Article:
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House Price Crash Forum

Ronaldo McDonaldo

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About Ronaldo McDonaldo

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  1. A "buyers strike"? Isn't this the whole problem with modern society? If something's hard to get, there's no need to work for it, save for it, sacrifice for it! Simply cry and stamp your feet and what you want will be delivered to you on a plate. University? I'm not going there, you've got to do loads of work, but wait what's this? Uncle Tony's offering first class degrees at any university we want? All we have to do is go to a lecture every so often and we can spend the rest of the time getting drunk and increasing the population of the country with equally worthless individuals and then spend the rest of our lives on the dole. So you think a "buyers strike" (Che Guevara would be proud) is going to get you a house is it? Good luck with that, you just sit around while everyone else puts in the work, raises the money and, most importantly, takes the risk and gets themselves a house, gradually increasing prices. What a pathetic society we live in.
  2. I hope you sister ignored the letter. But tell her to keep the letter in case she gets home one day to find her house in ashes or wakes up one day and her tyres have been slashed, she'll be able to point the authorities in the right direction. Don't put it past people.
  3. If you get it Leasehold then you don't own the land, you have to pay rent on the land. Something like £3.50 every 10 years or something like that depending on the house.
  4. No thanks. I'd rather my money went to people who deserve it, no matter what country they're in. Cutting the "benefits" at home is the only answer. Being paid to sit around watching Jeremy Kyle all day? I'd rather my money went to earthquake survivors and I'm sure you feel the same.
  5. That's fine but what I want to know is how can you believe that taking on a mortgage over 25 years and owing money on that is any different to owing money in rent for that same amount of time. You're in debt either way unless you want to live on the street, but the many users of this website seem to think that only people who have a mortgage are in debt.
  6. What I just don't understand is that there are two options really. You either buy or rent (Ok you could live with your parents until you're 45 or get a council house, but assuming you have self respect buying or renting are the only options). So if you buy you end up in debt, but according to people on this website what does renting mean? OK you don't have a 25 year rental agreement but what do you think is the difference between renting and owning? You buy and end up in debt for 25 years or you rent for 25 years and pay rent for that same amount of time. You're pretty much in debt if you rent anyway because you have to live somewhere. I wouldn't mind an answer to this actually. At least by buying you own something at the end of it - which may only be 25 year - whereas renting is something you can do all your life and at the end of it have nothing to show for it.
  7. Increasing house prices mean that the ratio of debt-to-value-of-the-property falls. As mortgages are generally cheaper than the rates you would get if you were to borrow to get a new car it means that you can borrow against the house to buy that new car or holiday or business investment or...second home? Who knows what fun we can have, but everybody else has been there and done it and now I own a house I want my turn!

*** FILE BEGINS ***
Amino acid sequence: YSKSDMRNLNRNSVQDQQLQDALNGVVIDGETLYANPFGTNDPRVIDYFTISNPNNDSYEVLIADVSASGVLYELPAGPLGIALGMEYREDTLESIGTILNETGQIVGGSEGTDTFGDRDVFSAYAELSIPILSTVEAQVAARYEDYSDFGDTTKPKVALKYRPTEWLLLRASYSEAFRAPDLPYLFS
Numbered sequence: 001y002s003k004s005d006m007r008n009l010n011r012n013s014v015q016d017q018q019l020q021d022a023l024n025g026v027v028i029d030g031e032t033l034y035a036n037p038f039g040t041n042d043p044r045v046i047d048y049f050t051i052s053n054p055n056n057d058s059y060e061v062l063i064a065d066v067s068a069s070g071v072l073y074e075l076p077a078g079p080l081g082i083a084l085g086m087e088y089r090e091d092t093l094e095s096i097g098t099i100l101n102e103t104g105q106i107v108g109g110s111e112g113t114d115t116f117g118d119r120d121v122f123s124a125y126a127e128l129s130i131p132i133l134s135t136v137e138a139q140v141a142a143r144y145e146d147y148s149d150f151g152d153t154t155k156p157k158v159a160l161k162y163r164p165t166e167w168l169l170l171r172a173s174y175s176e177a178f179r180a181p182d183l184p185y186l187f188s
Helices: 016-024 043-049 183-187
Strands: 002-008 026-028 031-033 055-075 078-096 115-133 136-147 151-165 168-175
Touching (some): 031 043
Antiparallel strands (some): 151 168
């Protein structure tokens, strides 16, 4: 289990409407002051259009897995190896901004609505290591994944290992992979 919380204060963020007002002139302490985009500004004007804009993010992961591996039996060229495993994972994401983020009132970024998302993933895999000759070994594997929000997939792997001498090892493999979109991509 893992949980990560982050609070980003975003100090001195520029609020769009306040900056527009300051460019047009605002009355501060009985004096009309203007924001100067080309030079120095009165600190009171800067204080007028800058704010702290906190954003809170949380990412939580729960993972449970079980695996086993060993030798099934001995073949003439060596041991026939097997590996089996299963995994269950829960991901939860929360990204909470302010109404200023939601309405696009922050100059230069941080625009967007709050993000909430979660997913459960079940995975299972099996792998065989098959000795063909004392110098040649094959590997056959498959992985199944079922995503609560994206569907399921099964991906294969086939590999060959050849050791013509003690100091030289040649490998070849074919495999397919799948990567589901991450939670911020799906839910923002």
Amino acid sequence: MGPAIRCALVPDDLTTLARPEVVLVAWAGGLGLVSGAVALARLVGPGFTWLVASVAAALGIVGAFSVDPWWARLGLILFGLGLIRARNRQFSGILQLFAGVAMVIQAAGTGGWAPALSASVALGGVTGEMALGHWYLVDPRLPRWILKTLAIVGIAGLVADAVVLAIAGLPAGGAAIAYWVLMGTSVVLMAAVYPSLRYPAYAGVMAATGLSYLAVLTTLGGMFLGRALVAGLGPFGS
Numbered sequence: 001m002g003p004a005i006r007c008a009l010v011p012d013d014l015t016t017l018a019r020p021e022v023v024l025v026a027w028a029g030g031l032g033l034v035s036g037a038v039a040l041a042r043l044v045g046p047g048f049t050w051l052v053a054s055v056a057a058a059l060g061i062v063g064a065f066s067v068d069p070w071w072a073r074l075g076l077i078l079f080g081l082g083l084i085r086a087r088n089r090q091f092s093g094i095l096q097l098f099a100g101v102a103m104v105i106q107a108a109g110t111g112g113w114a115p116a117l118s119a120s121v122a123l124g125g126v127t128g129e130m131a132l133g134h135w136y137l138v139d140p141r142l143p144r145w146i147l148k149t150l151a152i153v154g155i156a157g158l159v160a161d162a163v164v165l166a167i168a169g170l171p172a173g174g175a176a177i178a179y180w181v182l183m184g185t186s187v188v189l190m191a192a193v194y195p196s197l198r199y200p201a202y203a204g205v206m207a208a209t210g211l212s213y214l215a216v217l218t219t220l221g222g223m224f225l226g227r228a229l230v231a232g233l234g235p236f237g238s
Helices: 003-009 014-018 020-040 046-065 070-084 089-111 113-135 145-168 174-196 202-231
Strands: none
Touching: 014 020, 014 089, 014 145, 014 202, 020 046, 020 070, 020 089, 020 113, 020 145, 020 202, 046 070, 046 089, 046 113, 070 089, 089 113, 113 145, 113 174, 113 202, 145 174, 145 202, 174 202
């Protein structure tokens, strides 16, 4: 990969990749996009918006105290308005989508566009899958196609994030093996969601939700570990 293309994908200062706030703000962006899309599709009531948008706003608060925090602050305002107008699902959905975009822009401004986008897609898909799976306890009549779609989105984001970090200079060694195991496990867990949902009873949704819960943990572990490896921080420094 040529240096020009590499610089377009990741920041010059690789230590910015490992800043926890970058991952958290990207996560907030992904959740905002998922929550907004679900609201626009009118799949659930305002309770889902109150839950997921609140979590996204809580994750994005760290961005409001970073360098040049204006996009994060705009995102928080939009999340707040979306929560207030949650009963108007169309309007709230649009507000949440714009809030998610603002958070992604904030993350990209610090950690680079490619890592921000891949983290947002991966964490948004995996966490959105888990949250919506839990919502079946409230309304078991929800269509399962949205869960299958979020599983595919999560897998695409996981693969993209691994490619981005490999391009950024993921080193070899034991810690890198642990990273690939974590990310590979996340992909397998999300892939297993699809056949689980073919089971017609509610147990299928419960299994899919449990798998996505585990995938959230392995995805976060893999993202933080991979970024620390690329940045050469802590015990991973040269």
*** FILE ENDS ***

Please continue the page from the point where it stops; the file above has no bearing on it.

8. Inevitably it'll happen about 5 minutes after you buy a house.
  9. Isn't the answer to this problem quite simple? I mean we've said that she should wait until house prices drop down so that the 15% deposit she has now automatically becomes 25%. Fair enough, that's what this website is all about. And we've also said that she should borrow the other money needed for the deposit. Surely the answer is pretty obvious: Look for a cheaper house? Maybe your 15% deposit would be worth a 25% deposit of a cheaper house? Does that not make sense to anybody else? Or am I going to get a lecture about how I didn't consider the fact that this person NEEDS a four bed house in Kent and how insensitive I am for discriminating against someone in someway.
  10. So what's the answer? They could stop the "most vulnerable people" from having bank accounts at all. Then again that would be against THEIR human rights or something. I think it's fine the way it is. Besides THEIR "benefits" come from somewhere don't they? Anyway where does this myth about these people subsidising free banking for the rest of us? We pay for our accounts by way of them taking a cut of the interest we receive. We all pay one way or another, it's just that some people pay more than others.
  11. So what's the problem with that then? The terms and conditions are there for all to read. If you don't want to pay unauthorised overdraft charges then don't go overdrawn without authorisation. Simple.
  12. ...or just sit at your PC copying and pasting links to websites that might indicate that the end truly is nigh, whilst crying into your keyboard because the world is just not fair. Oh wait, that's what seems to be happening already. Don't worry, I'm sure your Uncle Gordon will read this if you whinge long enough and all that you could ever want will be handed to you on a plate. Generation Y? How does that even work? The age bracket overlaps with that of Generation X so someone like me ends up being in both Generations. Although you won't catch me (touch wood) stacking shelves by day and sniveling at their computer by night whilst living with their parents. I just had to register to say that, sorry I couldn't resist.
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